Some other things that Peter talked about were that R-core worry about whether or not their traditional approach of being very conservative with the code base is too strict, and slows R’s development; and whether they should be more aggressive about removing quirks. This last point was referencing my talk from yesterday, so I was pleased that he had be listening.

Joe Rickert of Microsoft talked about the R community. He pointed out that “I use Excel, you use Excel, we have so much in common” is a conversation no-one has ever had. Joe thinks that “community” is mostly meaningless marketing speak, but R has it for real. I’m inclined to agree.

He talked about the R Consortium, which I’ve somewhere failed to hear about before. The point of the organisation is (mostly) to help build R infrastructure projects. The first big project is [REDACTED!], though official details are still secret, so there’s a bit of reading between the lines.

Users will be allowed to submit proposals for things for the consortium to build, and they get voted on (not sure if this is by users or the consortium members).

Joe also had a nice map of R User groups around the world, though my nearest one was several countries away. I guess I’d better start one of my own. If anyone in Qatar is interested in an R User Group, let me know in the comments.

Bettina Grün of Johannes Kepler Universitat talked about the R Journal. She discussed the history of the journal, and the topics that you can write about: packages, programming hints, and applications of R. There is also some content about changes in R and CRAN, and conference announcements.

One thing I didn’t get to ask her is how you blind a review of a paper about a package, since the package author is usually pretty easy to determine. My one experience of reviewing for the R Journal involved a paper about an update to the grid package, and included links to content on the University of Auckland website, and it was pretty clear that the only person that could have written it was Paul Murrell.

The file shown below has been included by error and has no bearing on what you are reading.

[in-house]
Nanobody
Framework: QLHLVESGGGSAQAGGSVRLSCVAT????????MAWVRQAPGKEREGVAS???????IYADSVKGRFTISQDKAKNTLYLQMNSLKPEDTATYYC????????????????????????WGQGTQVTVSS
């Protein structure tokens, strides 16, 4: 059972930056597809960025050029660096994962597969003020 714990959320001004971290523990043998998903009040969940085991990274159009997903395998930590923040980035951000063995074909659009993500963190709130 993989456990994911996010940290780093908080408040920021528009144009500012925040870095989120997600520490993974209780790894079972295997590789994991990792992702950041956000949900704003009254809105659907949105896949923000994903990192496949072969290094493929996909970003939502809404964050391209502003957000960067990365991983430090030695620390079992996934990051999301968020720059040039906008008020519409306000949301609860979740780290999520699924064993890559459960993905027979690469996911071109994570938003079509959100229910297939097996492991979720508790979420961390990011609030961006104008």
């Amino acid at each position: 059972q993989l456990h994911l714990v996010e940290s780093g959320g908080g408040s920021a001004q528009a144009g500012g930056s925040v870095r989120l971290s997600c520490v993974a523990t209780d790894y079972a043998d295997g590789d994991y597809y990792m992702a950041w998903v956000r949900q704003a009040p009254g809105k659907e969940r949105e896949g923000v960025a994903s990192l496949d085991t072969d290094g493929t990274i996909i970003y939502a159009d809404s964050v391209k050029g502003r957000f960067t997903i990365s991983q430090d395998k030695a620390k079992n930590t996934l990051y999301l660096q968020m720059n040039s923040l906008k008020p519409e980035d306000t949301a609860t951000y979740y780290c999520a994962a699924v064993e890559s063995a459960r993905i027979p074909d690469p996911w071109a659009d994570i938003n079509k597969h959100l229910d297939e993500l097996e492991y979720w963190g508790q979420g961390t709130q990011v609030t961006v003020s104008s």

Mine Çetinkaya-Rundel of Duke University gave an impressive overview of how she teaches R to her undergraduate students. She suggested that while teaching programming at the same time as data analysis seems like it ought to make it harder, running a few line of code often takes less instruction than telling students where to point and click.

Her other teaching tips included: work on datasets that are big enough to make working in Excel annoying, so they appreciate programming (and R) more; use interactive examples; you get more engagement with real-world datasets; and force the students to learn a reproducible workflow by making them write R markdown documents.

Mine also talked briefly about her other projects: Datafest, which is a weekend long data analysis competition, and reach, a coursera data analysis course.

Jenny Bryan of the University of British Columbia had another talk about teaching R, this time to grad students. She’s developed a pretty slick workflow where each student submits their assignments (also R markdown documents) into github repos, which makes it really easy to check run their code, comment on it, give them hints via pull requests, and let them peer review each other’s code. Since using git seems to be an essential skill for data scientists these days, it seems like a good idea to explicitly teach them it while at university.

Jenny also talked about methods of finding interesting code via github search. An example she gave was that if you want to know how to see how vapply works, rather than just limiting yourself to the examples on the ?vapply help page, you can search all the packages on cran by going to Gabor’s github CRAN mirror (or maybe Winston Chang’s R-source mirror) and type vapply user:cran extension:R.

Karthik Ram of the University of California, Berkeley, headlined the day, talking about his work with ROpenSci, which is an organisation that creates open tools for data analysis (mostly R packages).

They have a ridiculously extensive set of packages for downloading online datasets, retrieving text corpuses, publishing your results, and working with spatial data.

ROpenSci also host regular community events and group phone calls.

Overall, it was an exciting day, and now I;m looking forward to going to the useR conference. See you in Aalborg!

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The Workflow of Infinite Shame, and other stories from the R Summit

27th June, 2015 5 comments